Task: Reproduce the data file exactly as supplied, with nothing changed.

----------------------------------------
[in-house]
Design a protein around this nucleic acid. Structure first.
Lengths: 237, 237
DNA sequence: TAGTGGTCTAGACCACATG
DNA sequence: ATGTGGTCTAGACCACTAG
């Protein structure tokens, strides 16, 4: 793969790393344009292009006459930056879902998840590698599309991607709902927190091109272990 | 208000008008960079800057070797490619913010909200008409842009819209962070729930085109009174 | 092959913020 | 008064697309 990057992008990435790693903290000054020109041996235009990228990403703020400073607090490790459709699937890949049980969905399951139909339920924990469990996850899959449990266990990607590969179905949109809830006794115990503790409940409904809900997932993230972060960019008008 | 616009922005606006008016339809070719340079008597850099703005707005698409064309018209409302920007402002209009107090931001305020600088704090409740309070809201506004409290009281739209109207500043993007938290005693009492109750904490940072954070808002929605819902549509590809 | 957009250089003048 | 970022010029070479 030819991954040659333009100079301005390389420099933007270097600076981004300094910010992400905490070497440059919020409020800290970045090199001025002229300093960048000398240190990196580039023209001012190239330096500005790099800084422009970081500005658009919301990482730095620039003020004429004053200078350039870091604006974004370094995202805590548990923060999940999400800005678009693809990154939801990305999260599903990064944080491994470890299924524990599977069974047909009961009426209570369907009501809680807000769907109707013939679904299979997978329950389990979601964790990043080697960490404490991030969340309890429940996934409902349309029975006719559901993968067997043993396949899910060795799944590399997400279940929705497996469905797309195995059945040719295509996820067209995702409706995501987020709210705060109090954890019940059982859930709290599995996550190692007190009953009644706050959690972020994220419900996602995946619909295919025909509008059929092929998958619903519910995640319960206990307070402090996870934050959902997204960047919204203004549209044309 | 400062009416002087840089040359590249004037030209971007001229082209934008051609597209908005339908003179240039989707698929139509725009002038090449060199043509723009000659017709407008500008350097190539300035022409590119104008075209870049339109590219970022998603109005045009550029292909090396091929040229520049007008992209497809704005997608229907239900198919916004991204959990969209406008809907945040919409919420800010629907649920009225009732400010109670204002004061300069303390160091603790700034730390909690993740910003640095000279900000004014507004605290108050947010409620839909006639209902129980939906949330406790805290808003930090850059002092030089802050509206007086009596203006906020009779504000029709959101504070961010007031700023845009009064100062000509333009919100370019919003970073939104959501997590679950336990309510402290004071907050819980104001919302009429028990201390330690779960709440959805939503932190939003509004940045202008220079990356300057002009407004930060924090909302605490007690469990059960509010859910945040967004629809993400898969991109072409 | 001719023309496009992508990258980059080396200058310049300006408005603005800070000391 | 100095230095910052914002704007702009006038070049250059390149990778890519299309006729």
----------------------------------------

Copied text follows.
[in-house]
Design a protein around this nucleic acid. Structure first.
Lengths: 237, 237
DNA sequence: TAGTGGTCTAGACCACATG
DNA sequence: ATGTGGTCTAGACCACTAG
């Protein structure tokens, strides 16, 4: 793969790393344009292009006459930056879902998840590698599309991607709902927190091109272990 | 208000008008960079800057070797490619913010909200008409842009819209962070729930085109009174 | 092959913020 | 008064697309 990057992008990435790693903290000054020109041996235009990228990403703020400073607090490790459709699937890949049980969905399951139909339920924990469990996850899959449990266990990607590969179905949109809830006794115990503790409940409904809900997932993230972060960019008008 | 616009922005606006008016339809070719340079008597850099703005707005698409064309018209409302920007402002209009107090931001305020600088704090409740309070809201506004409290009281739209109207500043993007938290005693009492109750904490940072954070808002929605819902549509590809 | 957009250089003048 | 970022010029070479 030819991954040659333009100079301005390389420099933007270097600076981004300094910010992400905490070497440059919020409020800290970045090199001025002229300093960048000398240190990196580039023209001012190239330096500005790099800084422009970081500005658009919301990482730095620039003020004429004053200078350039870091604006974004370094995202805590548990923060999940999400800005678009693809990154939801990305999260599903990064944080491994470890299924524990599977069974047909009961009426209570369907009501809680807000769907109707013939679904299979997978329950389990979601964790990043080697960490404490991030969340309890429940996934409902349309029975006719559901993968067997043993396949899910060795799944590399997400279940929705497996469905797309195995059945040719295509996820067209995702409706995501987020709210705060109090954890019940059982859930709290599995996550190692007190009953009644706050959690972020994220419900996602995946619909295919025909509008059929092929998958619903519910995640319960206990307070402090996870934050959902997204960047919204203004549209044309 | 400062009416002087840089040359590249004037030209971007001229082209934008051609597209908005339908003179240039989707698929139509725009002038090449060199043509723009000659017709407008500008350097190539300035022409590119104008075209870049339109590219970022998603109005045009550029292909090396091929040229520049007008992209497809704005997608229907239900198919916004991204959990969209406008809907945040919409919420800010629907649920009225009732400010109670204002004061300069303390160091603790700034730390909690993740910003640095000279900000004014507004605290108050947010409620839909006639209902129980939906949330406790805290808003930090850059002092030089802050509206007086009596203006906020009779504000029709959101504070961010007031700023845009009064100062000509333009919100370019919003970073939104959501997590679950336990309510402290004071907050819980104001919302009429028990201390330690779960709440959805939503932190939003509004940045202008220079990356300057002009407004930060924090909302605490007690469990059960509010859910945040967004629809993400898969991109072409 | 001719023309496009992508990258980059080396200058310049300006408005603005800070000391 | 100095230095910052914002704007702009006038070049250059390149990778890519299309006729």